Best thing is, I didn't have to even think about it.

As soon as the farmer saw my car, he courteously pulled over to allow me to pass. He was going to work, same as I was, but he kindly gave up hogging his right of way and mine. I smiled up at him as I waved in thanks. He grinned ear to ear and waved back. This is the third time in the last week I've had one of these encounters. Different farmers, same response.

If someone is going to shoot me hand signals while I'm driving, I prefer the hand belong to a farmer.

Saturday, May 10, 2008

Take a Tour...Without Leaving Your Computer Chair

This week my husband and I watched a movie called "Water Horse", a sweet film about the legend of Loch Ness and the infamous Nessie. I learned two legendary things. The first is there's only one "Nessie" at a time, a creature who's both male and female which lays an egg before dying. At least in the film's legend. The second thing was how beautiful the Scottish countryside is to someone sitting in the middle of pollen season with a box of Kleenex.

Since I am on vacation, I was playing with the computer and came upon a site of Web cams in Scotland. Of course, the first one I visited was the one at Loch Ness. Not to see if Nessie was there, but to take a vicarious vacation from the cheap comfort of my computer chair. Web cams, it appears, can almost be addictive. The Loch Ness cam features two lovely sheep named Mavis and Sheba, who graze overlooking the loch where supposedly Nessie has been sited in the past. The owner has quite the sense of humor. There a side box labeled, "Nessie spotted on our camera!". It's a picture of Godzilla coming out of the loch. Want to visit? Go to http://www.lochness.co.uk/livecam/

I once read an article on the Isle of Skye, so that was my next destination. It doesn't update but once an hour and today's weather was overcast. That led me to the most interesting of sociology experiments: the live web cam. There's one at the intersection at The Cross, Kilmarnock in East Ayrshire. I've hit it a varying times, from crowded with pedestrians to a couple of happy-go-lucky guys walking in a serpentine manner from door to door, possibly looking for more libations. At the Gretna Green site I caught the tail end of a lovely wedding. But the most interesting experiment can be found at Belushi's Bar in Edinburgh. There you can not only see what's happening, but hear conversations as well...that is if the music isn't up too loud. Early today there were two chaps discussing a football game, one becoming irate when the bartender turned the channel momentarily to apparently check the news. They calmed down when he switched it back. A few moments ago the bar sounds were so loud my dog stuck his head around the corner to see how the heck I'd gotten so many people past him. You can visit the bar at http://www.camvista.com/scotland/edinburgh/belushisbar_streaming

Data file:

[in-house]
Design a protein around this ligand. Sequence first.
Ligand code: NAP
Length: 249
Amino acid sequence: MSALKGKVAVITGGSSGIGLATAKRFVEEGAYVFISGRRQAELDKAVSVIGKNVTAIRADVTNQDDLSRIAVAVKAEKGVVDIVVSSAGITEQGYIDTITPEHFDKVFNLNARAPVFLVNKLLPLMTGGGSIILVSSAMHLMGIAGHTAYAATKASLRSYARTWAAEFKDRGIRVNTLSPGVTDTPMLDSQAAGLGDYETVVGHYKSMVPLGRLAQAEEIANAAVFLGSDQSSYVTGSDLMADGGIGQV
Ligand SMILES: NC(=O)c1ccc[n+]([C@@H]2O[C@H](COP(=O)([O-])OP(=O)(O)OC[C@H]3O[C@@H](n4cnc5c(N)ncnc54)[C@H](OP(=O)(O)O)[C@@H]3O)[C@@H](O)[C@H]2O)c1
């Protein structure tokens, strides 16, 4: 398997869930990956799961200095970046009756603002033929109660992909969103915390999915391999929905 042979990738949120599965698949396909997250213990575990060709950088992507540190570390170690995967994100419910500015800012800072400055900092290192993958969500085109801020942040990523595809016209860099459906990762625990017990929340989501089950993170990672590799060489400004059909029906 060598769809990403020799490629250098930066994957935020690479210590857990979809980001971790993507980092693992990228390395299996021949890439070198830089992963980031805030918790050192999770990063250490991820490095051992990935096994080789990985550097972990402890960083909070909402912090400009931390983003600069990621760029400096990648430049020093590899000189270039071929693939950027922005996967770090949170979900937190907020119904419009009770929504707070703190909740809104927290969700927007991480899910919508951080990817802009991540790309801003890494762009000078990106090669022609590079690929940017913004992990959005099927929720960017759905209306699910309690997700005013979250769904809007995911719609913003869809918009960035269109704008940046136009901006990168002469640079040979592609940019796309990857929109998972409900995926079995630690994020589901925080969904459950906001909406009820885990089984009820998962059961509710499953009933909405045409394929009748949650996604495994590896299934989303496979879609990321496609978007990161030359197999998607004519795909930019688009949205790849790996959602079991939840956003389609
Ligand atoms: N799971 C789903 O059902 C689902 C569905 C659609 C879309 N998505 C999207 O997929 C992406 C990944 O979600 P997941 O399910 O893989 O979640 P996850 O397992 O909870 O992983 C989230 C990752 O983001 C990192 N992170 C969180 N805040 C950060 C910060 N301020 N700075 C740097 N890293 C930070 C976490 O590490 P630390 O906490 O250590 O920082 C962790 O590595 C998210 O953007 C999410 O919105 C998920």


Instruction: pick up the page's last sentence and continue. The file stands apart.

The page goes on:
Bored? Wonder how the rest of the world lives or at least looks this time of year? Start here with the Scottish web cam site and it can send you off to various other parts of the world. I watched sharks swim in a London exhibit and laughed at a man who groused he'd visited a certain site over a 100 times and never once saw a trout on the under water cam. Here, take a look for yourself. http://www.scottishwebcamslive.com/webcams.htm

And if you don't find Nessie, please say hello to Mavis and Sheba for me.

Friday, May 9, 2008

A 1,000 Words

Sometimes, simple is better.

I ran across this today while searching for something else and was struck by... well, the eye catching simplicity of this portrait.

So if a picture's worth a 1,000 words,
how many do you need to describe your reaction to this one?

Thursday, May 8, 2008

Yep. I Still Believe

Most people would agree that “Peter Pan” is a great children’s story. Easily one of the Top Ten of all time. Some might know the back story of Scottish author J.M. Barrie and his love for a family of children not his own. Sadly I know too many kids today who think Peter Pan is just a peanut butter and Capt. Hook had something to do with Dustin Hoffman and Robin Williams.

Sigh.

Fortunately I grew up in an age where books came first, the televised version later. At that time, little boys viewed Never Never Land as a wonderful place where you NEVER had to clean your room. So many kids today have someone named Mom to clean for them that such a thrill is lost. Little girls my age tended to be split into two camps: those enthralled with the “bad boy” image of Peter the Playful, a carefree Maker of Merriment who didn’t worry about tomorrow when today was so much fun. The second camp was comprised of those who‘d cherish the role of Caretaker of the Carefree. Adults probably thought the plot was silly. Boys who never grew up. How ridiculous. Unless, of course, they’d had the misfortune of being married to one. The only ridiculous moment most kids experienced was later discovering the T.V. version of Peter Pan had been played by a woman. Sacrilege!